The Canadian Hyperlexia Association is a not-for-profit association of concerned parents and professionals who have incorporated in the province of Ontario.  It is their stated   "mission to: Foster awareness of the syndrome of hyperlexia across Canada; Provide information relating to the observable characteristics of hyperlexia; Collect, disseminate and share information, practical strategies, and resources regarding hyperlexia; Provide opportunities for parents, children and professionals to network; Acknowledge the value of appropriate, early and on-going intervention."


Speech-Language Disorders

   American Speech-Language-Hearing Association "is the professional, scientific,   and credentialing association for more than 96,000 audiologists, speech-language pathologists, and speech, language, and hearing scientists. Their site is a resource for ASHA members, persons interested in information about communication disorders, and for those wanting career and membership information.  The mission of the American Speech-Language-Hearing Association is to promote the interests of and provide the highest quality services for professionals in audiology, speech-language pathology, and speech and hearing science, and to advocate for people with communication disabilities.

   Communication Disorders Health Guide is a private-for-profit site run by SpeechPathology.Com, Inc. "where individuals can find information about specific conditions, products, professionals and support groups all related to communication disorders."   "Communication Disorders Health Guide is designed to provide three major components to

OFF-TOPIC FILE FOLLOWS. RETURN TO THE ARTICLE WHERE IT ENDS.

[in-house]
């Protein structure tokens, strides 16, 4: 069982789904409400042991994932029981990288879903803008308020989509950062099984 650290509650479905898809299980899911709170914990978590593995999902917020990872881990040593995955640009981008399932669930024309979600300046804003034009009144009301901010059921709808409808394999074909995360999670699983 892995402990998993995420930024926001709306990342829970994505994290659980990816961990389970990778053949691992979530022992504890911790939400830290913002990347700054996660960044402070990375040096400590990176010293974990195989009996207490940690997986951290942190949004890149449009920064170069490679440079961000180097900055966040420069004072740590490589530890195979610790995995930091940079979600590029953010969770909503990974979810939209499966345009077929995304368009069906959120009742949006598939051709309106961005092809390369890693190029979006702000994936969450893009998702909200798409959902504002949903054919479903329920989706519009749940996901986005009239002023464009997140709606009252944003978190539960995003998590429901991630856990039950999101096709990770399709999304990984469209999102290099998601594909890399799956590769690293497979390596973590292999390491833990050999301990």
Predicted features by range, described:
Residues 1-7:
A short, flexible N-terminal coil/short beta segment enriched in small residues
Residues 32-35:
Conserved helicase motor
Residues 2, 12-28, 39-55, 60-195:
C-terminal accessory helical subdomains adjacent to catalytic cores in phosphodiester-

its readers: A publication which delivers interactive education and advocacy; A reference resource and link for students and professionals, and An electronic consumer guide, catalog and mercantile."

   Speech Research on the Net is a self-expanding directory of speech research and technology on the web.  This resource has sections on: Language and Memory, Speech Physiology and Acoustics, Hearing and Perception, Speech and Speaker Recognition, Speech and Audio Analysis, and Compression Speech Synthesis.

   The U.S. National Institutes of Health has a division The National Institute on Deafness and Other Communication Disorders (NIDCD)  that provides a consumer health information page on hearing in infants and toddlers that is VERY useful for the concerned (or scared) parent who thinks their child may be having a hearing or serious attention problem.